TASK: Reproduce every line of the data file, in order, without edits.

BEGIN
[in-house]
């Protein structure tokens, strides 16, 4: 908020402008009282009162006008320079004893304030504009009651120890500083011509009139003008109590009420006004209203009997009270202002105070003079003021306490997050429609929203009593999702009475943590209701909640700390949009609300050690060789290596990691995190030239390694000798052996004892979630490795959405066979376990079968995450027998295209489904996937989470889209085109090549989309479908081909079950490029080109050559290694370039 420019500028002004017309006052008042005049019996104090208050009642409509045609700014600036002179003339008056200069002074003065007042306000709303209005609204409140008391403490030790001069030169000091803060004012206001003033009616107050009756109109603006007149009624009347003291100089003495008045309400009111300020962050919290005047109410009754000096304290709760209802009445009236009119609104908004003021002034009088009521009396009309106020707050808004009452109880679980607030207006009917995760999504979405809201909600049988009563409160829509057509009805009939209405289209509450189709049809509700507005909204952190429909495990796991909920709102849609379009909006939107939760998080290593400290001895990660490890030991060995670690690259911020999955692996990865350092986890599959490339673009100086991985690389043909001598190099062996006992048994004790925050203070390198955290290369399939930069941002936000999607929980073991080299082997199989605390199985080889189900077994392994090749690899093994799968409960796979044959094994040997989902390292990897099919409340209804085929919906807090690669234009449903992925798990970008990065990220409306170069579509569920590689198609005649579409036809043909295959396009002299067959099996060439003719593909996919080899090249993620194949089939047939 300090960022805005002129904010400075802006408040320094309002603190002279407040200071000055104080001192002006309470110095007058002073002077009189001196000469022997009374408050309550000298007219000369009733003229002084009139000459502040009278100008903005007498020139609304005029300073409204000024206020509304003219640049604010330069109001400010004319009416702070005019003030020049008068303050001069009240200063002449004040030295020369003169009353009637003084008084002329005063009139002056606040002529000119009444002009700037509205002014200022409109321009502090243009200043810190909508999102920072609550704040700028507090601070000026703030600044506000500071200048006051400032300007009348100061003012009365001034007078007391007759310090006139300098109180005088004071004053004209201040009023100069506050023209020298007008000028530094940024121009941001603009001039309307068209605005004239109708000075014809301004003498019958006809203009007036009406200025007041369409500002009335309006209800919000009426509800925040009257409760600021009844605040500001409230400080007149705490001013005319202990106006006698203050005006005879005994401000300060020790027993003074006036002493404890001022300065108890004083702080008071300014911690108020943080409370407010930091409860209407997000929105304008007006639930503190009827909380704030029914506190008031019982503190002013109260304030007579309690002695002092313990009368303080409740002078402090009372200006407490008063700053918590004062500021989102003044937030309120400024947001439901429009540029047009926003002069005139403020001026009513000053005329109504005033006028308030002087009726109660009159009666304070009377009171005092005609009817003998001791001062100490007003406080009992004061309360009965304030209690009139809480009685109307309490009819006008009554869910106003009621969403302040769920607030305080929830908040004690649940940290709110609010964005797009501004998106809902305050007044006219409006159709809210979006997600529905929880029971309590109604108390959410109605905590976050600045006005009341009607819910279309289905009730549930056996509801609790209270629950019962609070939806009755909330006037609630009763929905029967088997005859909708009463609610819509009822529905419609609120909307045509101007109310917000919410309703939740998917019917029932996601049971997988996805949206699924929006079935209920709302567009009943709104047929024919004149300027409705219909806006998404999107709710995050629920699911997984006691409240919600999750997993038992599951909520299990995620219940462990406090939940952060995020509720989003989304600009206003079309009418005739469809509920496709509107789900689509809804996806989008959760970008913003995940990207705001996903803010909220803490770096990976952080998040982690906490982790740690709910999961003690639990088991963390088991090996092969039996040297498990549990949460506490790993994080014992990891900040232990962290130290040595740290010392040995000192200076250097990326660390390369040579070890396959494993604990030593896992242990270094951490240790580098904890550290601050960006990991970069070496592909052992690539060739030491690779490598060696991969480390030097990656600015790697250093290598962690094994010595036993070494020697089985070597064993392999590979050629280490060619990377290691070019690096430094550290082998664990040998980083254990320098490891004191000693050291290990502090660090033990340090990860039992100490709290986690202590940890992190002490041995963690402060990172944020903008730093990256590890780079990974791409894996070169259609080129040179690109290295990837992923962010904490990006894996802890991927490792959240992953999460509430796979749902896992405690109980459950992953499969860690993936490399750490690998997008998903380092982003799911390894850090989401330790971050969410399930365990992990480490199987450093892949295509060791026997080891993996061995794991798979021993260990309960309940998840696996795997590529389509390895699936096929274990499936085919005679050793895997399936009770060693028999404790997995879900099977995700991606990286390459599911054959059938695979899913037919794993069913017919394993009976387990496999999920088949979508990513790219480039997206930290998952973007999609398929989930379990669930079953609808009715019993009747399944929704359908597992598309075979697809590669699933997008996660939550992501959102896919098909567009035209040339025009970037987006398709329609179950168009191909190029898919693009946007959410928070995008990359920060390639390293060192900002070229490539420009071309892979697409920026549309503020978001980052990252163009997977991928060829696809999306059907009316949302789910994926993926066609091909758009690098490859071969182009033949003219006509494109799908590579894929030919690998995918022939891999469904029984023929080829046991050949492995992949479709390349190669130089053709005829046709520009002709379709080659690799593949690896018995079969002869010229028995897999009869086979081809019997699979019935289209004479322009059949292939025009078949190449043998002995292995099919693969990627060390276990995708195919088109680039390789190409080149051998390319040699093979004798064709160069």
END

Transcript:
[in-house]
């Protein structure tokens, strides 16, 4: 908020402008009282009162006008320079004893304030504009009651120890500083011509009139003008109590009420006004209203009997009270202002105070003079003021306490997050429609929203009593999702009475943590209701909640700390949009609300050690060789290596990691995190030239390694000798052996004892979630490795959405066979376990079968995450027998295209489904996937989470889209085109090549989309479908081909079950490029080109050559290694370039 420019500028002004017309006052008042005049019996104090208050009642409509045609700014600036002179003339008056200069002074003065007042306000709303209005609204409140008391403490030790001069030169000091803060004012206001003033009616107050009756109109603006007149009624009347003291100089003495008045309400009111300020962050919290005047109410009754000096304290709760209802009445009236009119609104908004003021002034009088009521009396009309106020707050808004009452109880679980607030207006009917995760999504979405809201909600049988009563409160829509057509009805009939209405289209509450189709049809509700507005909204952190429909495990796991909920709102849609379009909006939107939760998080290593400290001895990660490890030991060995670690690259911020999955692996990865350092986890599959490339673009100086991985690389043909001598190099062996006992048994004790925050203070390198955290290369399939930069941002936000999607929980073991080299082997199989605390199985080889189900077994392994090749690899093994799968409960796979044959094994040997989902390292990897099919409340209804085929919906807090690669234009449903992925798990970008990065990220409306170069579509569920590689198609005649579409036809043909295959396009002299067959099996060439003719593909996919080899090249993620194949089939047939 300090960022805005002129904010400075802006408040320094309002603190002279407040200071000055104080001192002006309470110095007058002073002077009189001196000469022997009374408050309550000298007219000369009733003229002084009139000459502040009278100008903005007498020139609304005029300073409204000024206020509304003219640049604010330069109001400010004319009416702070005019003030020049008068303050001069009240200063002449004040030295020369003169009353009637003084008084002329005063009139002056606040002529000119009444002009700037509205002014200022409109321009502090243009200043810190909508999102920072609550704040700028507090601070000026703030600044506000500071200048006051400032300007009348100061003012009365001034007078007391007759310090006139300098109180005088004071004053004209201040009023100069506050023209020298007008000028530094940024121009941001603009001039309307068209605005004239109708000075014809301004003498019958006809203009007036009406200025007041369409500002009335309006209800919000009426509800925040009257409760600021009844605040500001409230400080007149705490001013005319202990106006006698203050005006005879005994401000300060020790027993003074006036002493404890001022300065108890004083702080008071300014911690108020943080409370407010930091409860209407997000929105304008007006639930503190009827909380704030029914506190008031019982503190002013109260304030007579309690002695002092313990009368303080409740002078402090009372200006407490008063700053918590004062500021989102003044937030309120400024947001439901429009540029047009926003002069005139403020001026009513000053005329109504005033006028308030002087009726109660009159009666304070009377009171005092005609009817003998001791001062100490007003406080009992004061309360009965304030209690009139809480009685109307309490009819006008009554869910106003009621969403302040769920607030305080929830908040004690649940940290709110609010964005797009501004998106809902305050007044006219409006159709809210979006997600529905929880029971309590109604108390959410109605905590976050600045006005009341009607819910279309289905009730549930056996509801609790209270629950019962609070939806009755909330006037609630009763929905029967088997005859909708009463609610819509009822529905419609609120909307045509101007109310917000919410309703939740998917019917029932996601049971997988996805949206699924929006079935209920709302567009009943709104047929024919004149300027409705219909806006998404999107709710995050629920699911997984006691409240919600999750997993038992599951909520299990995620219940462990406090939940952060995020509720989003989304600009206003079309009418005739469809509920496709509107789900689509809804996806989008959760970008913003995940990207705001996903803010909220803490770096990976952080998040982690906490982790740690709910999961003690639990088991963390088991090996092969039996040297498990549990949460506490790993994080014992990891900040232990962290130290040595740290010392040995000192200076250097990326660390390369040579070890396959494993604990030593896992242990270094951490240790580098904890550290601050960006990991970069070496592909052992690539060739030491690779490598060696991969480390030097990656600015790697250093290598962690094994010595036993070494020697089985070597064993392999590979050629280490060619990377290691070019690096430094550290082998664990040998980083254990320098490891004191000693050291290990502090660090033990340090990860039992100490709290986690202590940890992190002490041995963690402060990172944020903008730093990256590890780079990974791409894996070169259609080129040179690109290295990837992923962010904490990006894996802890991927490792959240992953999460509430796979749902896992405690109980459950992953499969860690993936490399750490690998997008998903380092982003799911390894850090989401330790971050969410399930365990992990480490199987450093892949295509060791026997080891993996061995794991798979021993260990309960309940998840696996795997590529389509390895699936096929274990499936085919005679050793895997399936009770060693028999404790997995879900099977995700991606990286390459599911054959059938695979899913037919794993069913017919394993009976387990496999999920088949979508990513790219480039997206930290998952973007999609398929989930379990669930079953609808009715019993009747399944929704359908597992598309075979697809590669699933997008996660939550992501959102896919098909567009035209040339025009970037987006398709329609179950168009191909190029898919693009946007959410928070995008990359920060390639390293060192900002070229490539420009071309892979697409920026549309503020978001980052990252163009997977991928060829696809999306059907009316949302789910994926993926066609091909758009690098490859071969182009033949003219006509494109799908590579894929030919690998995918022939891999469904029984023929080829046991050949492995992949479709390349190669130089053709005829046709520009002709379709080659690799593949690896018995079969002869010229028995897999009869086979081809019997699979019935289209004479322009059949292939025009078949190449043998002995292995099919693969990627060390276990995708195919088109680039390789190409080149051998390319040699093979004798064709160069």